Difference
between tangent and sinebased calculations Error Spreadsheet 
Robert
Leverett 
Nov
26, 2004 10:27 PST 
ENTS:
Our discussions on the
difference between sin and tangentbased
calculations and Will Blozan's recent suggestion to compare what
the
tangentbased height calculation would have been in our
measurements by
treating the point shot with the laser to have been vertically
over the
base led me to run comparative calculations on a sample of 1,330
trees
measured with laser and clinometer. From an original larger
selection, I
eliminated those measurements in which the measurer would have
been
closer to the trunk than a chain's distance (66 ft) or at an
angle of to
the crown of 65 degrees or more. I considered these two
situations to be
improbable measurements from the standpoint of an experienced
user of
the tangent (% slope) method.
The results are as follows:
Differences between sinbased and tangentbased calculations for
tree
height. Covers above eye calculations. Differences are in feet.
Diff 00.99
11.99 24.99 59.99 1014.99
1524.99 2565.99 TOT
Count 123
131
333
368
167
138
70 1330
Pct Tot 9.2% 9.8%
25.0% 27.7% 12.6%
10.4% 5.3%
Cum Pct 9.2% 19.1% 44.1%
71.8% 84.4%
94.7% 100.0%
Max diff: 65.32
Ave diff: 8.30
The average of the absolute value
of the differences is 8.3 feet.
The max difference is a whopping 65.3 feet. These statistics
plus the
ABOVE table of percentages tell most of the story. It is
certainly
possible to reduce the error of the tangentbased calculations
by
crosstriangulating the crown, but even that method has its
limitation,
visibility of the same crown point from sufficiently separated
spots
being the primary. Will Blozan and I did the crown
crosstriangulating
for several years and described the method fully in:
"Stalking the
Forest Monarchs  A Guide to Measuring Champion Trees".
The next series of charts
will look more closely at subsets of
these measurements. Please stay tuned. The above is enough for
now.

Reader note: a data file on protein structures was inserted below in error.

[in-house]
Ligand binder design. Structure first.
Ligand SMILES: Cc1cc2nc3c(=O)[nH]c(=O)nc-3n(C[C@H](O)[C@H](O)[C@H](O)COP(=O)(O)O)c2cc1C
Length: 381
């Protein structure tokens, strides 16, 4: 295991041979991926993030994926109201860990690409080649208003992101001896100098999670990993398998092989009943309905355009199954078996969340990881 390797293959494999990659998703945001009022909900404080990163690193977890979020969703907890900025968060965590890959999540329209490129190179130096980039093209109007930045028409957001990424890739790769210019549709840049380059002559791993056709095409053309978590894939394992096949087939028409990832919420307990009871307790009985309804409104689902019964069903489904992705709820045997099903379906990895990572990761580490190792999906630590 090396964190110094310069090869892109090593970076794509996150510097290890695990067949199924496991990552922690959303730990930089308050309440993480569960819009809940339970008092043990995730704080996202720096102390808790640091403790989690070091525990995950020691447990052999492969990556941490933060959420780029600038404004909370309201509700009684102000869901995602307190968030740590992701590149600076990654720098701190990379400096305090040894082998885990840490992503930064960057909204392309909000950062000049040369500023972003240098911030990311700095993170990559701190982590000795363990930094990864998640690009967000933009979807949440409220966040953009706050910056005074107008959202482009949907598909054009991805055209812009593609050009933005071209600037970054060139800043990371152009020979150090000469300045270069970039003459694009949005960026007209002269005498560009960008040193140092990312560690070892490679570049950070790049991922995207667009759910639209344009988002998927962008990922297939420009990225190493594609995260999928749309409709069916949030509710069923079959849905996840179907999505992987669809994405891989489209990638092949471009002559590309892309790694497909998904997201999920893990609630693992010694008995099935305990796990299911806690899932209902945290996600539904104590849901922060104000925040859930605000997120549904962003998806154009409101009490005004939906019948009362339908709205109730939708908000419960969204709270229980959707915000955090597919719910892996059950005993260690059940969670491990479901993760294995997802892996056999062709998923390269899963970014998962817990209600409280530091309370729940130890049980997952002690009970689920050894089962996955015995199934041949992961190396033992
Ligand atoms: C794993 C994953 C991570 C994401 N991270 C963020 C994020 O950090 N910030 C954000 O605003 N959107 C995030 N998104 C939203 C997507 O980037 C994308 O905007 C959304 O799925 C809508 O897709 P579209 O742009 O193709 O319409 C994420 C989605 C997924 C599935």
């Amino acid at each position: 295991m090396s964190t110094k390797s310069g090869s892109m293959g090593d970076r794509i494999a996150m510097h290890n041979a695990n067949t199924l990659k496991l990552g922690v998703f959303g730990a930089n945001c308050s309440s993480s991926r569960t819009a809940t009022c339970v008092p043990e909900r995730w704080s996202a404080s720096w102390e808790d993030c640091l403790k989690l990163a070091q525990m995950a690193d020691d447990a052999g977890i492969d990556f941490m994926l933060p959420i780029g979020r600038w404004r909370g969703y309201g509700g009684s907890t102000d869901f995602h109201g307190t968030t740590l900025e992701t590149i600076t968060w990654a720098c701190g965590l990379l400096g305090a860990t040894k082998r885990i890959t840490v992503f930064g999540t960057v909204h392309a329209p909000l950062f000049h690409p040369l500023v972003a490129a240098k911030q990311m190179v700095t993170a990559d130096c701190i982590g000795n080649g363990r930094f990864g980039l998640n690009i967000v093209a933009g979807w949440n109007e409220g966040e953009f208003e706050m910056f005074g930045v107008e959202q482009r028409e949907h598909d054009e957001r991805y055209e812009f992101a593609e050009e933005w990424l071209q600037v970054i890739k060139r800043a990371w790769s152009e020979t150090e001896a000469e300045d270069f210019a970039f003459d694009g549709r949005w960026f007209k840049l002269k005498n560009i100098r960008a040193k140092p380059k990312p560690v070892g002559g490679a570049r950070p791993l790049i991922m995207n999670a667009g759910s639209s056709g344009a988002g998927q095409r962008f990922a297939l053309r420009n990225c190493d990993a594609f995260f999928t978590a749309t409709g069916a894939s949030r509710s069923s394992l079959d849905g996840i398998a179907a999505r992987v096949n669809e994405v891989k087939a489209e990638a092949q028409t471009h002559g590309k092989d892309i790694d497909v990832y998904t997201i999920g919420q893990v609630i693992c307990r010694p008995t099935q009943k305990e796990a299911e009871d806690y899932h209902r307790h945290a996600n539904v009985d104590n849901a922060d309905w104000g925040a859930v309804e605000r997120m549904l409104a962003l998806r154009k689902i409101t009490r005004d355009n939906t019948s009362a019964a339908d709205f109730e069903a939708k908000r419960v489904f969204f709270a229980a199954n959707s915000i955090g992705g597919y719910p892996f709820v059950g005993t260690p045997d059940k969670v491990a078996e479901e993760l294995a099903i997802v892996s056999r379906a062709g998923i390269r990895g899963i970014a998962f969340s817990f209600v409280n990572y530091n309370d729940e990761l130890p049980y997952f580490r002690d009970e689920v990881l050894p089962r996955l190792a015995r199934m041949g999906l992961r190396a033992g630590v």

I'll send the Excel
spreadsheet holding the 1330 measurements to
Ed in a couple of days.
Bob 
RE:
Difference between... MY REPLY 
Will
Blozan 
Nov
27, 2004 14:52 PST 
Bob,
The numbers came out kind of distorted in my email. However, the
errors are
very significant, especially given that in our ENTS measurements
the true
top has already been identified a task that can take hours with
crosstriangulation. Impressive and compelling!
I think we should present a synopsis of our findings to the
website and
deliver it to certain parties for their "review". We
have a strong case, one
that should be spread to the public. I am ready for ENTS to make
more of an
impact in the tree related "playing fields". I also
think a scientific push
can be made as well as in ecological mensuration (nest heights,
canopy
layers, etc.) and in more utilitarian fields such as forestry.
Also, how accurate are waterfall heights in the East? I have
heard some
seemingly outrageous heights claimed for waterfalls, and have
often wondered
about the accuracy. I suspect I do not want to know...
Will 
RE:
Difference between tangent and sinebased WILL IS ALMOST READY! 
Will
Blozan 
Nov
27, 2004 19:36 PST 
Bob, John, ENTS,
I have 10 trees of 10 species set up in EXCEL for calculations.
I have
chosen 5 gymnosperms (e. hemlock, C. hemlock, red spruce,
loblolly pine, and
white pine) and 5 angiosperms (tuliptree, white ash, red oak,
sycamore, and
black birch).
To make my comparisons similar or identical to yours I need to
know if you
have corrected for slope in the conventional height
calculations. I have set
it up both ways, slope corrected and not, but I have some pretty
serious
angles on some of the trees. I could select less steep angles,
but the steep
tree measures are good to know as well, and are not undoable
with cross
triangulation.
What would be good to know also is to
"crosstriangulate" with the laser
from two 90 degree opposing angles (same top) to map the top
relative to the
base, and then calculate the range of error over 360 degrees
around the
tree. We would need to pick a "pointy topped" tree for
this with a prominent
lean.
I have also looked at the average lean, both + and  from the
observer, and
even with 10 samples the average is usually less than 2 feet. I
find this
very interesting, and the greatest lean is actually in the e.
hemlocks (~5
feet). Some of my red oaks have a 30' "lean"!
Also, I tend to shoot the base at the midslope on the side of
the tree, not
the closest portion. This way, in my calculations, I do not need
to correct
for the radius of the trunk.
More to come!